Crypto pundits believe that central bank digital currencies based on public-private partnerships could see the light of day much sooner, as many solutions under development use the approach.
On May 26, Tommaso Mancini-Griffoli, a representative from the International Monetary Fund, stated that moving forward, the best way to harness the potential of central bank digital currencies would be by fostering synthetic partnerships between the private and public sectors.
Further expounding his views on the matter, the deputy division chief of the IMF’s monetary capital and markets department stated that the vision behind CBDCs being completely under the control of a central bank is now an outdated one and that the entry of private players could help spur innovation.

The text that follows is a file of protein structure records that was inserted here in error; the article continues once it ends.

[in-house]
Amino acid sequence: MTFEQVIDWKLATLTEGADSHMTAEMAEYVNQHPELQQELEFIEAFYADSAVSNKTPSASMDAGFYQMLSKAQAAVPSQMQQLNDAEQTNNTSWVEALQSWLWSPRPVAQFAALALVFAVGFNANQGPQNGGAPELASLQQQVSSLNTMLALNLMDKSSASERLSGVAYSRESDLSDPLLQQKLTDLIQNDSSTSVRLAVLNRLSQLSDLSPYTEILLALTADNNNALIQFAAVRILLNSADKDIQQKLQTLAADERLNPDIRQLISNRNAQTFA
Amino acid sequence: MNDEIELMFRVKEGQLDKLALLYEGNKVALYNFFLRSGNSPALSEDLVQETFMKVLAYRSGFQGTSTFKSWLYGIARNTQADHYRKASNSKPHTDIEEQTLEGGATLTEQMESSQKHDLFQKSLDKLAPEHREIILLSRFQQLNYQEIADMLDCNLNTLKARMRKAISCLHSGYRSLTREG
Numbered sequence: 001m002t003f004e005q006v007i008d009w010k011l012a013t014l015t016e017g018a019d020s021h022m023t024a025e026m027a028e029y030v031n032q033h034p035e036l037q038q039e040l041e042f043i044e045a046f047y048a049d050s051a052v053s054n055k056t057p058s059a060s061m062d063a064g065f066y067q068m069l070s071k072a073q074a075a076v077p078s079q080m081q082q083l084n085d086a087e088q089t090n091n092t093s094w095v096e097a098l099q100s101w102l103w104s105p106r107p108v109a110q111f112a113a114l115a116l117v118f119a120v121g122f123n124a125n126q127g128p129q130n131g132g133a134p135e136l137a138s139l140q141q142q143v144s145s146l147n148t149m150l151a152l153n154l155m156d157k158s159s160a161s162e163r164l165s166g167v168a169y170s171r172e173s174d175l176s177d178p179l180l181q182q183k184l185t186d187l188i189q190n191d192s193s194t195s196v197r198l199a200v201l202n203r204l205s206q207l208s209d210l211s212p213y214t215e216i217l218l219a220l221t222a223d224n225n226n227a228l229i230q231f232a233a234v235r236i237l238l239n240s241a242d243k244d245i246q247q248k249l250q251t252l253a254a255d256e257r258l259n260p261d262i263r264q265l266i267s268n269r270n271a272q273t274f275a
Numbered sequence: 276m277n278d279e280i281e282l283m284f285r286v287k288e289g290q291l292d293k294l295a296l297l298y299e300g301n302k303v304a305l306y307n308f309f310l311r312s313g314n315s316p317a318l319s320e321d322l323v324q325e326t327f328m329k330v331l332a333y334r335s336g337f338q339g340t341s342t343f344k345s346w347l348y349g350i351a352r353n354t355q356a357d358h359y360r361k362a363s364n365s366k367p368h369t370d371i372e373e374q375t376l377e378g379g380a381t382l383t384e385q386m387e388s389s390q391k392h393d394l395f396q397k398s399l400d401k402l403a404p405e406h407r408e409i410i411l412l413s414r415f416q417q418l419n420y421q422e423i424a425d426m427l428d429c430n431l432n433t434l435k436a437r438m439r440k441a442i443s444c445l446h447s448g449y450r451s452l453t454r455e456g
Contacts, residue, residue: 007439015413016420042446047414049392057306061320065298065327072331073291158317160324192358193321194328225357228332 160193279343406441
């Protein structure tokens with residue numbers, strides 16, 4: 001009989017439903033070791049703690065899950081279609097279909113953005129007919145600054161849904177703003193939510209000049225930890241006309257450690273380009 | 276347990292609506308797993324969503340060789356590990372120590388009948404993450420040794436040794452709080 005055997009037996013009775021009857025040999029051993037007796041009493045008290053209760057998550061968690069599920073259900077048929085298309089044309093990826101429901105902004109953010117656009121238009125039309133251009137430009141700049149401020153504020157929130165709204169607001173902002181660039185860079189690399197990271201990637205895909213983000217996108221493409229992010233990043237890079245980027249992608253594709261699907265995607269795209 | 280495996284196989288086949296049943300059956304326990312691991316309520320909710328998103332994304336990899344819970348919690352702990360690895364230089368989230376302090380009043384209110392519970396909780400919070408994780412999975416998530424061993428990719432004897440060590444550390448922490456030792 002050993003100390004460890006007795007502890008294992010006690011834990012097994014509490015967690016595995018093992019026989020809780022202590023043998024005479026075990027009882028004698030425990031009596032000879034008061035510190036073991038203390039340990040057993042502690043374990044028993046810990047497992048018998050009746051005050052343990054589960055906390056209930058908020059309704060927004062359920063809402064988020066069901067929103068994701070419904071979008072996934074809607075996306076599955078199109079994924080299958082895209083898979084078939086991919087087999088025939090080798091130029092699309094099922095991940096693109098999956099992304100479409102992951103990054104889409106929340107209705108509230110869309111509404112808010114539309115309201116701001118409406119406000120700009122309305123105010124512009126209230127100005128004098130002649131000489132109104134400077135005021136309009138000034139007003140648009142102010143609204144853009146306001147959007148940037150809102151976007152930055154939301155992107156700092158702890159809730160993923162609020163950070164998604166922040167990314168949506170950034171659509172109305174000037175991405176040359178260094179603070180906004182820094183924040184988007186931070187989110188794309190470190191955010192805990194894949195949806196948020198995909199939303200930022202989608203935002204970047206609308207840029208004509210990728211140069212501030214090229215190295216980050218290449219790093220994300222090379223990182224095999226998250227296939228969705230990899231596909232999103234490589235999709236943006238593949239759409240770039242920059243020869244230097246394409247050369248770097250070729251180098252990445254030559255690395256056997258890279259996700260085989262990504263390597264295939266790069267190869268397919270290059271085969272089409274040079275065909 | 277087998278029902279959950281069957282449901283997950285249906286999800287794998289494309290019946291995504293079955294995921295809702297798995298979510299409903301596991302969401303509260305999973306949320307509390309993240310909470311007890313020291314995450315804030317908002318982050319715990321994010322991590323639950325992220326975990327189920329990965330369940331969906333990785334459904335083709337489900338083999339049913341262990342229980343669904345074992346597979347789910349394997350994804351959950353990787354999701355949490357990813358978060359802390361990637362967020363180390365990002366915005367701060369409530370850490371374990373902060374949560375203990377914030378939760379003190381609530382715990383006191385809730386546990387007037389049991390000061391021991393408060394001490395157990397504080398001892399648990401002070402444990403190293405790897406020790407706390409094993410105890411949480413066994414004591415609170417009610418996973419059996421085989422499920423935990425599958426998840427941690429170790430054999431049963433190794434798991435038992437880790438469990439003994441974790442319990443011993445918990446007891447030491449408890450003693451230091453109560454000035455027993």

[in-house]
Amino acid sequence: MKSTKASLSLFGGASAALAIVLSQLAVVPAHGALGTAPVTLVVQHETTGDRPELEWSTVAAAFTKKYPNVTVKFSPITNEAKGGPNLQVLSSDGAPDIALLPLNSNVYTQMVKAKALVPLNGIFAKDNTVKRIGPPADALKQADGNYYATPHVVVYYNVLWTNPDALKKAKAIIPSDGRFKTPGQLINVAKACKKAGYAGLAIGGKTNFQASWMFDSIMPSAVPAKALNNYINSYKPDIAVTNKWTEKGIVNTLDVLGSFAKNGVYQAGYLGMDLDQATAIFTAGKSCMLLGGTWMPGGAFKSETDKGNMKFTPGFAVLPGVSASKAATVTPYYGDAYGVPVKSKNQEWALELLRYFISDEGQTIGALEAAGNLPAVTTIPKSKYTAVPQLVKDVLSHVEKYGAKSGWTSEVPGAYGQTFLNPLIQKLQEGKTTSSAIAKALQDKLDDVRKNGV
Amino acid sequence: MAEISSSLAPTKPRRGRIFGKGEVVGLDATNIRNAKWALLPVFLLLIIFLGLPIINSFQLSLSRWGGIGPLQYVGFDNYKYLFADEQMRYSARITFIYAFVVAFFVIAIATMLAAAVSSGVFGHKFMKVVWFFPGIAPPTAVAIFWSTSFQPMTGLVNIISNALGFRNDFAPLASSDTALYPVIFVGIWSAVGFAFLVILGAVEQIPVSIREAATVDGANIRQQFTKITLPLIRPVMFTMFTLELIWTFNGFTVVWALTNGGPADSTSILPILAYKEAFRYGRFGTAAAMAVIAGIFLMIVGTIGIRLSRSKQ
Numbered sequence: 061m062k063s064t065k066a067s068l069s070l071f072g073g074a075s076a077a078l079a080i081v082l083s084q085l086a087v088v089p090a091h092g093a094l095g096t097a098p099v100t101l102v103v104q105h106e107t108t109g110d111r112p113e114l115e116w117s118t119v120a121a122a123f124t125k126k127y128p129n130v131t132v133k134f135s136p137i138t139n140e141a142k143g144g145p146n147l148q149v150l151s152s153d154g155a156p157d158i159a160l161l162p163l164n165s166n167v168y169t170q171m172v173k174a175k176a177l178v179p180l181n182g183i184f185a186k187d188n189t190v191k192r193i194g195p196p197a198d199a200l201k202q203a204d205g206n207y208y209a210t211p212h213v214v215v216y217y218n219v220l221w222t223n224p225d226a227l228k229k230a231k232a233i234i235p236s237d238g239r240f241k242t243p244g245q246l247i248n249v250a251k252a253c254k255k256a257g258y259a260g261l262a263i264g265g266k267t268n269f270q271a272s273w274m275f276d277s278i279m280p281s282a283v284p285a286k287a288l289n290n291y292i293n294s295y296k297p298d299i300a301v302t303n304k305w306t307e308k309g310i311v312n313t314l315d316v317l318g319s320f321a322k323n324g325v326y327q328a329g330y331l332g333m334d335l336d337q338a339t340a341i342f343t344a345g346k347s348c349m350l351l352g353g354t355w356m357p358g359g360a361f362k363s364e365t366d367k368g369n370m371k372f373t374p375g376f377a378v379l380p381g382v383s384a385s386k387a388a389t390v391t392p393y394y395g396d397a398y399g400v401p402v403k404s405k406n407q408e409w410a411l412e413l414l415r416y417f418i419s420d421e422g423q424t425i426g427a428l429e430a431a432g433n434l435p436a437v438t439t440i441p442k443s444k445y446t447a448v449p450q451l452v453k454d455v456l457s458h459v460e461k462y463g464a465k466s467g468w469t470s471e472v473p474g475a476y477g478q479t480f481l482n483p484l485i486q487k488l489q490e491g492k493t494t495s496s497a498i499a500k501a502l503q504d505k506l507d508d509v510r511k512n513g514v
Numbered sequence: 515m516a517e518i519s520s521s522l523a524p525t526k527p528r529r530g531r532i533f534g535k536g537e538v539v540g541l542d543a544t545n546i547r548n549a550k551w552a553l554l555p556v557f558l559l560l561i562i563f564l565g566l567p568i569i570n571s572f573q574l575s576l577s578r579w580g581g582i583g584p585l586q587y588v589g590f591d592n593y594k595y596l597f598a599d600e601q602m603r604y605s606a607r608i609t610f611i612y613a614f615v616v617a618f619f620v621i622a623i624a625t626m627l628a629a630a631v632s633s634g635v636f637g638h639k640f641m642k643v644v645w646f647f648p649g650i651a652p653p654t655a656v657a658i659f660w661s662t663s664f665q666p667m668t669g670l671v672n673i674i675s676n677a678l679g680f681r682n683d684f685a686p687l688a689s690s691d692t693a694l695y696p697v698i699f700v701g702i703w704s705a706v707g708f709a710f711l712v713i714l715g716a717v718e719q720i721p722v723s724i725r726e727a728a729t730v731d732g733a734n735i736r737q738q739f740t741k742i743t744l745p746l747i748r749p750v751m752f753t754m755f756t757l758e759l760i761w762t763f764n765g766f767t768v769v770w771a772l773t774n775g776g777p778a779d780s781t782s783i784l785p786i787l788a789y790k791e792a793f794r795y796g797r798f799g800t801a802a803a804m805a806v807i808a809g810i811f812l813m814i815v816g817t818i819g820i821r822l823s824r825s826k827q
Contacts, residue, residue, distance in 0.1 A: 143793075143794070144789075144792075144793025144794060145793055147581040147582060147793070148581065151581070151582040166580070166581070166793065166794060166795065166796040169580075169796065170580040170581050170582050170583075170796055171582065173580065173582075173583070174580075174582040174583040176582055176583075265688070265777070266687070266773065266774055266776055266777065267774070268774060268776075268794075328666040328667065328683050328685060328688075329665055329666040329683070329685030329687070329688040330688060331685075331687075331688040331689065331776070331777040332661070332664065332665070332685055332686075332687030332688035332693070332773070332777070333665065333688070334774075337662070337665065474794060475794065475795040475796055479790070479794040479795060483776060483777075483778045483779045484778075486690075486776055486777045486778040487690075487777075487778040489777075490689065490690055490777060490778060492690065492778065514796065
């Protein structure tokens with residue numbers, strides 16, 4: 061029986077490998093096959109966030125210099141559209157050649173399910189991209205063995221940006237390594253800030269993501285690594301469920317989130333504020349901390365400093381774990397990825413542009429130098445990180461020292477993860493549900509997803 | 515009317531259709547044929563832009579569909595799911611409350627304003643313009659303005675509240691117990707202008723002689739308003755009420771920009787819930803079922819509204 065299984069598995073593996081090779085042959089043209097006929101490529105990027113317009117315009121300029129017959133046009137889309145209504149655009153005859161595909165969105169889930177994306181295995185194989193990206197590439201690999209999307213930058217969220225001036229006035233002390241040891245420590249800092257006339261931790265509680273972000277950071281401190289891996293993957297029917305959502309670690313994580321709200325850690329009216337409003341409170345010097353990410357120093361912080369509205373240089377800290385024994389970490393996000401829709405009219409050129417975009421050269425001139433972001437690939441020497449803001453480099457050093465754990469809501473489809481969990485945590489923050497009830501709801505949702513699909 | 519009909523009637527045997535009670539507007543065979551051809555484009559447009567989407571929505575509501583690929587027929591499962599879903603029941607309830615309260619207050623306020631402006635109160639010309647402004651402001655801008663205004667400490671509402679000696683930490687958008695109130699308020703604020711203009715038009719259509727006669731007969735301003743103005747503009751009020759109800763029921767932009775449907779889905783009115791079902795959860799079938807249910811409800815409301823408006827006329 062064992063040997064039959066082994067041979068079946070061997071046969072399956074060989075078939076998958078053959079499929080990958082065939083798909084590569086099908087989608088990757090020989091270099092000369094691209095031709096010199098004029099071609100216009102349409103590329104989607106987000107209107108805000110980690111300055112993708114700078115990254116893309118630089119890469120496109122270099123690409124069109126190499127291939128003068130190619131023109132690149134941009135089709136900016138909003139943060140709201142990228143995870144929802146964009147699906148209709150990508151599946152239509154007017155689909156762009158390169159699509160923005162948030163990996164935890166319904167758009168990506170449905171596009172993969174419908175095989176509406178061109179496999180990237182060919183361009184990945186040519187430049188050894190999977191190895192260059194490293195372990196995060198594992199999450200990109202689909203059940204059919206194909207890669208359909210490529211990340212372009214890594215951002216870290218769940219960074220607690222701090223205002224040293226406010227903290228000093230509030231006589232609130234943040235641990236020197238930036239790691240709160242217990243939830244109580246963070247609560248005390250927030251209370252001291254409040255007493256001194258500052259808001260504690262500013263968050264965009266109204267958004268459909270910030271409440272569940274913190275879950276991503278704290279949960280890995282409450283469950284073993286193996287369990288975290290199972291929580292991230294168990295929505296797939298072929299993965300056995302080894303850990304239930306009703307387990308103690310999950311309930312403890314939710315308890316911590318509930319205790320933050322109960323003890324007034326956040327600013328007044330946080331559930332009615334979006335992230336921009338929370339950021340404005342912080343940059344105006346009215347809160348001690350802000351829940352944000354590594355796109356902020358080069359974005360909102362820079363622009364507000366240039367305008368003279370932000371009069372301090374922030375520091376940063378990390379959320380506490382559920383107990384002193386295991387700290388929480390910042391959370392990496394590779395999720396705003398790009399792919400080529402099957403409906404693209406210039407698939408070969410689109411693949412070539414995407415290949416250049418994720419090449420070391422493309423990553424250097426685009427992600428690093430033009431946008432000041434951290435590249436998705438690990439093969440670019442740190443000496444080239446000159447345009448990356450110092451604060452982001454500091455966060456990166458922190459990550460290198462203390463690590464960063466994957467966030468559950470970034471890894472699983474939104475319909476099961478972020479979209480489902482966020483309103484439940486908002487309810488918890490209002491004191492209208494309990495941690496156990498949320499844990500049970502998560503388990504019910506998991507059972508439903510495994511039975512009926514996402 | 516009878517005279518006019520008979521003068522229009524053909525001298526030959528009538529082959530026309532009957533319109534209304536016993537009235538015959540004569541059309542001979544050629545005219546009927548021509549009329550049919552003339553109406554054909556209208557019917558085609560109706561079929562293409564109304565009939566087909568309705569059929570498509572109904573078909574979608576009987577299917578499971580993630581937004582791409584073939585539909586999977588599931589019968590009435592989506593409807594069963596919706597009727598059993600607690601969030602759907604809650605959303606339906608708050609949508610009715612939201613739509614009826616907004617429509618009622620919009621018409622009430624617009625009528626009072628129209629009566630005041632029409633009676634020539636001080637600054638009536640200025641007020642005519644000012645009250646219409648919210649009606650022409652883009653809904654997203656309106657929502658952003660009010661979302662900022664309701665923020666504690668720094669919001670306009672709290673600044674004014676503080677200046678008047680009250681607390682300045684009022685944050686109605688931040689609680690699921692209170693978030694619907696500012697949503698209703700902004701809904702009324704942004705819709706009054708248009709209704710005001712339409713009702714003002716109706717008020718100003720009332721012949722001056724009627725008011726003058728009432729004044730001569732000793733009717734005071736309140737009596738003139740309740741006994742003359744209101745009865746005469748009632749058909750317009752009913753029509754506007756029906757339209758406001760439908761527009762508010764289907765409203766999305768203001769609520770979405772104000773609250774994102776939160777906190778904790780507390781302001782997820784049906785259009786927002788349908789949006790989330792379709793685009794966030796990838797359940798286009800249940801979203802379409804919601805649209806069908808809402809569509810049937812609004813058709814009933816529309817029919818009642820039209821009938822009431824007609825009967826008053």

When asked about how such a partnership could even start to become conceptually feasible, he suggested that in cases of synthetic partnerships it should be the role of the private sector to concentrate on things such as innovation, interface design and client management, while the public sector should focus on issues related to regulation and confidence building.
This joint effort, in Mancini-Grifolli’s view, will not only allow CBDCs to flourish but also allow such unique financial offerings to operate smoothly within the confines of a regulated framework, thereby maximizing financial stability.
The pros and cons of synthetic CBDCs
To get a better understanding of the matter, Cointelegraph reached out to Luisa A.